Shear stress can activate platelet integrin-mediated signaling that leads to shear-induced platelet aggregation (SIPA) and eventually contribute to acute myocardial infarction. The major platelet integrin αIIbβ3 is polymorphic at residue 33 [Leu33Pro (PlA) polymorphism]. The Pro33 isoform has been shown to have a prothrombotic phenotype. In this work, we studied the impact of Leu33/Pro33 polymorphism on the shear-induced integrin-mediated Src and FAK activation in platelets.
Platelets of both genotypes were placed on immobilized fibrinogen or heat activated BSA and were exposed to physiological (500/s) or abnormally high (5000/s) shear rates for 2–10 min. Platelets after exposure to shear were analysed for Src pY418 and FAK pY397 activities.
Whereas physiological shear stress does not affect platelet signaling, abnormally high-shear stress considerably elevates Src and FAK phosphorylation in both Pro33 and Leu33 platelets. Both under static and flow conditions, Pro33 platelets exhibited a significantly higher Src and FAK activities than Leu33 platelets. Interestingly, even in the absence of the αIIbβ3-fibrinogen interaction, we could detect a shear-induced integrin-mediated signaling of Src and FAK in platelets. In parallel experiments in which platelets were pretreated with abciximab, an integrin αIIbβ3 antagonist, activation of both kinases by shear was inhibited.
Taken together, our data indicates an important role of αIIbβ3 and shows that Leu33Pro polymorphism modulates the integrin-mediated Src and FAK signaling in platelets in response to shear stress.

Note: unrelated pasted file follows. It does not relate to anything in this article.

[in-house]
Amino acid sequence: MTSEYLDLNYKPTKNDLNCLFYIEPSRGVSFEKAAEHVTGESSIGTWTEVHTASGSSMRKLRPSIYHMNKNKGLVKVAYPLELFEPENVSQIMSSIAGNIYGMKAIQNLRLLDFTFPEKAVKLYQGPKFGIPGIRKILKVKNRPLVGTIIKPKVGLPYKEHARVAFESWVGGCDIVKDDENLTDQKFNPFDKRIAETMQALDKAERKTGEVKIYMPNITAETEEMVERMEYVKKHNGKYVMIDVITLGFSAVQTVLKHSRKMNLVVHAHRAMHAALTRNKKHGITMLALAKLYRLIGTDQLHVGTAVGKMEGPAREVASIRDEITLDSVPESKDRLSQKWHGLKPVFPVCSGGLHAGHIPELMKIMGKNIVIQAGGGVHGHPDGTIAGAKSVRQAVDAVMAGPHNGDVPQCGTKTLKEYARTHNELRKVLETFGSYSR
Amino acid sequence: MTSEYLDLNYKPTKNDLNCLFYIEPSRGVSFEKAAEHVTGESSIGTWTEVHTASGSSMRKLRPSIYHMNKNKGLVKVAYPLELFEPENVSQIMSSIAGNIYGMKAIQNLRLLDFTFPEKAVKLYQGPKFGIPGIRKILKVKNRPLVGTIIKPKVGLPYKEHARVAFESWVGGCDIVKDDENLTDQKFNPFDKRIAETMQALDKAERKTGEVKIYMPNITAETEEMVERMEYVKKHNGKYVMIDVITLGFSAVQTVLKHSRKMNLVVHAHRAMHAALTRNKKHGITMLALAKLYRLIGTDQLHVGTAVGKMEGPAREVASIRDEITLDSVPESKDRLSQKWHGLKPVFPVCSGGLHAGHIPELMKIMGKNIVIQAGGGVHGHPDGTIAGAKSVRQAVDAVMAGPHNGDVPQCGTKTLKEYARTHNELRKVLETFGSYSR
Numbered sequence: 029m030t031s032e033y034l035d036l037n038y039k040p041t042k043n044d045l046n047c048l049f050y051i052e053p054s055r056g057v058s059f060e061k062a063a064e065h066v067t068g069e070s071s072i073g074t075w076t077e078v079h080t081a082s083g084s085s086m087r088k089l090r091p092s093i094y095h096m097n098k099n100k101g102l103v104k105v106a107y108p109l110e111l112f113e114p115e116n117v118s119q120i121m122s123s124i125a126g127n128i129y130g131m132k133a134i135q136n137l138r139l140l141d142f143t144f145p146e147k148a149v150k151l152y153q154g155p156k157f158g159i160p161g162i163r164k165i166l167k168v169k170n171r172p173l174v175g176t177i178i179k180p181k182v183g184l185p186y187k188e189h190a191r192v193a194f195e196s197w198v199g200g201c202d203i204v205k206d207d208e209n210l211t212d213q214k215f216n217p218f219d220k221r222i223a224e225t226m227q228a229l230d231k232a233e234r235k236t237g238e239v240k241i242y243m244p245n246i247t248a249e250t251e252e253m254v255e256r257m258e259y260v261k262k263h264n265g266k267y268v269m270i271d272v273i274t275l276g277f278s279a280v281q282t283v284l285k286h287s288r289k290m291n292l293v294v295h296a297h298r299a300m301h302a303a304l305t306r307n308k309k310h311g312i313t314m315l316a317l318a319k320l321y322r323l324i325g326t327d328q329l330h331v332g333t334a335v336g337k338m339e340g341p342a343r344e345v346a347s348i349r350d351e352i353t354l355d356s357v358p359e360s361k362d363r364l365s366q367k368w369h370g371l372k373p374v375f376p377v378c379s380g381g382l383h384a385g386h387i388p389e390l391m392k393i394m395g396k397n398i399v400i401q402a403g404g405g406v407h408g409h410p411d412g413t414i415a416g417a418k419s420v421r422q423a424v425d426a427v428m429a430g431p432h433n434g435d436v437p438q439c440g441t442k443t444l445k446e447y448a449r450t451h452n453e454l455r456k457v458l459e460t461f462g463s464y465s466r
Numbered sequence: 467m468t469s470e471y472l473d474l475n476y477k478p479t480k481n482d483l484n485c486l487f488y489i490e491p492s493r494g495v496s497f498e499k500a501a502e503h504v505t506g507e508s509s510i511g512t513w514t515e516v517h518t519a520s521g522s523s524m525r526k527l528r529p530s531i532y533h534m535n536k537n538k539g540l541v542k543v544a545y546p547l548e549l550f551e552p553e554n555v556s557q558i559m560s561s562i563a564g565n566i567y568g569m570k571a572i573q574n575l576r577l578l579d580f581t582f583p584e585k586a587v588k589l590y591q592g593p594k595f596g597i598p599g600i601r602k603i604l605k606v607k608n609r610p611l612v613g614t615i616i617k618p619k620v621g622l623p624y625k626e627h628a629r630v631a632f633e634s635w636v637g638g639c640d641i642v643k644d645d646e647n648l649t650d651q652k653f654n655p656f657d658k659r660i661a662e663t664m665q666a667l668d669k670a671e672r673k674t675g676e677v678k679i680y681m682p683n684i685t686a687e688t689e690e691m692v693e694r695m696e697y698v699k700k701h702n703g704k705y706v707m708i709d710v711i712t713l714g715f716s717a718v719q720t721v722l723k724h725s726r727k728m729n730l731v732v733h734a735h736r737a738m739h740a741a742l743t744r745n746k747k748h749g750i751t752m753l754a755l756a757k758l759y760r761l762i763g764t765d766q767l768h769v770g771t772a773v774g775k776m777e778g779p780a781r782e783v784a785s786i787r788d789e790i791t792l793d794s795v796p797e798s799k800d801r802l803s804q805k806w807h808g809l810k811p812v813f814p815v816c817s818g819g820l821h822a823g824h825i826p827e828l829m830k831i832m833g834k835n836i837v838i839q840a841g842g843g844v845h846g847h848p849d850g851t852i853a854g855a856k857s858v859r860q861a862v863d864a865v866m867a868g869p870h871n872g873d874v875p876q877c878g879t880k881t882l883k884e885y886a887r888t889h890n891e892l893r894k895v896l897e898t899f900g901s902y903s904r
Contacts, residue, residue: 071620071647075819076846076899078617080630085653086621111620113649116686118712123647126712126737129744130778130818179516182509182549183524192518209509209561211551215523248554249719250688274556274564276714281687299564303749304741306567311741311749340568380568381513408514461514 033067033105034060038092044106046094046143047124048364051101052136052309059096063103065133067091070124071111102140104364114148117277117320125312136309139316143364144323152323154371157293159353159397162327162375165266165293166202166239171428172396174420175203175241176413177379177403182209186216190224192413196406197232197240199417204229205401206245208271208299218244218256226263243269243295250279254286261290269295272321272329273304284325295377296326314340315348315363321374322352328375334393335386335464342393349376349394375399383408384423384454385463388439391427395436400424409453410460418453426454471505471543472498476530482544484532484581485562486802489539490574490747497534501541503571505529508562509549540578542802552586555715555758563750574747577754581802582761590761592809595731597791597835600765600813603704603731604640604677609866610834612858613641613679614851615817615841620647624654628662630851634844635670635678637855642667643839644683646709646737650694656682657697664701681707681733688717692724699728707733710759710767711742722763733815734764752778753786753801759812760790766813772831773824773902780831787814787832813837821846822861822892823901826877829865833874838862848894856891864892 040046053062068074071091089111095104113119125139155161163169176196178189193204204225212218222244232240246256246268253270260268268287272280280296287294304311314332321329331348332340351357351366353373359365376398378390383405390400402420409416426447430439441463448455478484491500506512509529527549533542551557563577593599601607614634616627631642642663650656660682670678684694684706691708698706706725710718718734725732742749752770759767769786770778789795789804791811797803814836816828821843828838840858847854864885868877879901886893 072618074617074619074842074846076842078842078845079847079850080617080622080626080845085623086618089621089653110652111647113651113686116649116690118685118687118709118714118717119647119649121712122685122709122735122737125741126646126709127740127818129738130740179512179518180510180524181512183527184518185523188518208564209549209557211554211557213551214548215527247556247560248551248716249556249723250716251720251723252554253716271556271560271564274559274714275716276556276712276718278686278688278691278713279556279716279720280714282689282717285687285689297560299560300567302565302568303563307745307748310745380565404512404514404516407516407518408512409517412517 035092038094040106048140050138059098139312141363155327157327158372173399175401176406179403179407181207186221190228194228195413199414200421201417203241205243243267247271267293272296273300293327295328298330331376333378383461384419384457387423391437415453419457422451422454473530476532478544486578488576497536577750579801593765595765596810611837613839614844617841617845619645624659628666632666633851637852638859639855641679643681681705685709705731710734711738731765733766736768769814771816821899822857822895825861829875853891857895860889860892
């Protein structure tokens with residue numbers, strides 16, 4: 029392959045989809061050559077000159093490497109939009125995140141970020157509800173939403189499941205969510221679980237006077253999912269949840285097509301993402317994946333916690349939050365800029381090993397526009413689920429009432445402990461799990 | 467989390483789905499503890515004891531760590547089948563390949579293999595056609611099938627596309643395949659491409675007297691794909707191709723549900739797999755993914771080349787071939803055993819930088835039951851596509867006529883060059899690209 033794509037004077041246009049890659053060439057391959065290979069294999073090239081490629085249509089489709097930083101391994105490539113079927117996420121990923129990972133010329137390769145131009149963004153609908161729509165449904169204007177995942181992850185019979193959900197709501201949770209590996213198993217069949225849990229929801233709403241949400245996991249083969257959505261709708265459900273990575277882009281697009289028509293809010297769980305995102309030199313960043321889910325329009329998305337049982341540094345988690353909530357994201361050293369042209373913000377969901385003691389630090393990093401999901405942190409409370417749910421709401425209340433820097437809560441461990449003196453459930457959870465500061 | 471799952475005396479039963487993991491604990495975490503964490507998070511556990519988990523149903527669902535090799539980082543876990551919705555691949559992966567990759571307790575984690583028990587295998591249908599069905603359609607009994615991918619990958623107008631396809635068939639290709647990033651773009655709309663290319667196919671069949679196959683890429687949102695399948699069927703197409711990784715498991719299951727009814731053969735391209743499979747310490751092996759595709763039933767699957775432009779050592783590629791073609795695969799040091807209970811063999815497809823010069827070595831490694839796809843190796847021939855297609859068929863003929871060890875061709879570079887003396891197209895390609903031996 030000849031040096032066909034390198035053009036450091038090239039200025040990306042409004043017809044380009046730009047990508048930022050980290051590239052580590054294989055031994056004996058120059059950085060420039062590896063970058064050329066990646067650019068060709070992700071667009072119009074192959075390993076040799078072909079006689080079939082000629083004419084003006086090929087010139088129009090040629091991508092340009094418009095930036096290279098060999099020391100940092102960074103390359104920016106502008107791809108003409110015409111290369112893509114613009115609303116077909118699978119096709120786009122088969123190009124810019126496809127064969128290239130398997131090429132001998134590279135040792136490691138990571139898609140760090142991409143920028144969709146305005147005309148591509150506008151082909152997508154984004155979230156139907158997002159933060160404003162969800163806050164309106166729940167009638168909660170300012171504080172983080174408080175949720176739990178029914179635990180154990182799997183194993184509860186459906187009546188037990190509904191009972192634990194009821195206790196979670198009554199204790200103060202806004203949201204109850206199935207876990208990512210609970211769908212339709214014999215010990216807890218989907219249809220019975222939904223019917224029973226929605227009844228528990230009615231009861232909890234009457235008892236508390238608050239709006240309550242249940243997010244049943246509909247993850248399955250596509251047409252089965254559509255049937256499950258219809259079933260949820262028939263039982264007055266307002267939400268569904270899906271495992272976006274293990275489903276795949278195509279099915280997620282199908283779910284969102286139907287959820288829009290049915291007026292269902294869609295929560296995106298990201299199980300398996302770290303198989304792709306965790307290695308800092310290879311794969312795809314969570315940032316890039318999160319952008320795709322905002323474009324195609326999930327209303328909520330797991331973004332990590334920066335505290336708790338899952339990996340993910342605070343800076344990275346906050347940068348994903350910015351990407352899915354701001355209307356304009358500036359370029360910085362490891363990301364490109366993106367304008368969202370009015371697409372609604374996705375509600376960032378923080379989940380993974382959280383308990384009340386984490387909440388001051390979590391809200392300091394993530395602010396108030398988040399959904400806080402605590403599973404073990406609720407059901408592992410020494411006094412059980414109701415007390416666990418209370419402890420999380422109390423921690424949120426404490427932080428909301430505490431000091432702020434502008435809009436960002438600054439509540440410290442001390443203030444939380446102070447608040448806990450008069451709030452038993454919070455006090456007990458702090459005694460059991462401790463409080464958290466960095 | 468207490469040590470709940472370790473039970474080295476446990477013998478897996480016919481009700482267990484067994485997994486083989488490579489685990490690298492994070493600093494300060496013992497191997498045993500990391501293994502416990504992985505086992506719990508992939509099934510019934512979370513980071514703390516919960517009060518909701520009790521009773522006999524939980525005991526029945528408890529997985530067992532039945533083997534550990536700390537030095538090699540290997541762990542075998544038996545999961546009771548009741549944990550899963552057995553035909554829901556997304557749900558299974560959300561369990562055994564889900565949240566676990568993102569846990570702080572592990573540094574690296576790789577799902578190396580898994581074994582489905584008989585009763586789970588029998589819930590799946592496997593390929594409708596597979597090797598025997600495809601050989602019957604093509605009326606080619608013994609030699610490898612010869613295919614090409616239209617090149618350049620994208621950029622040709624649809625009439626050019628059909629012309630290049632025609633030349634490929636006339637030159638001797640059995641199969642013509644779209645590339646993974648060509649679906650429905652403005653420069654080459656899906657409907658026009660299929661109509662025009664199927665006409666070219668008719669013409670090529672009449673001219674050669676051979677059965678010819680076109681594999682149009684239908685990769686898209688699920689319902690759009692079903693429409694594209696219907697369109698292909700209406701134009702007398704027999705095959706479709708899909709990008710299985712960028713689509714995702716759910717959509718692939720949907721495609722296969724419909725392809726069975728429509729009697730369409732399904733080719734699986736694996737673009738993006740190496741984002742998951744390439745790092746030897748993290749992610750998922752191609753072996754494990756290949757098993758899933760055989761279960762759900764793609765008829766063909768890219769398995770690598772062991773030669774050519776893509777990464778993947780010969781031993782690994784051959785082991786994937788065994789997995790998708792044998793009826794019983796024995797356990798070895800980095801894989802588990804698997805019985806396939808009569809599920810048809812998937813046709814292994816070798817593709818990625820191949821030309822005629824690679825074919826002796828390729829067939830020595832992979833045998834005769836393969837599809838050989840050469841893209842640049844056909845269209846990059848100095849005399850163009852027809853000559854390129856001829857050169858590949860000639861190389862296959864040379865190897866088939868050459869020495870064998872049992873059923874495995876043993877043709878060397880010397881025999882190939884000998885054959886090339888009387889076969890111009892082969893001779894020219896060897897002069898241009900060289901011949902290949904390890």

aBiomedical Engineering Department, International University, Vietnam National University
bGraduate School of Science and Technology Viet Nam, Vietnam Academy of Science and Technology
cInstitute of Applied Materials Science, Vietnam Academy of Science and Technology, Ho Chi Minh City, Vietnam
dDepartment of General, Visceral and Pediatric Surgery, University Hospital and Medical Faculty of the Heinrich-Heine University Düsseldorf, Düsseldorf, Germany
Correspondence to Khon Huynh, PhD, Biomedical Engineering Department, International University, Vietnam National University, Ho Chi Minh City, Vietnam, Quarter 6, Linh Trung ward, Thu Duc district, Ho Chi Minh city, Vietnam. Tel: +84 8 37 24 42 70 x3296; fax: +84 8 37 24 42 71; e-mail: firstname.lastname@example.org
Received 1 February, 2018
Revised 3 May, 2018
Accepted 6 June, 2018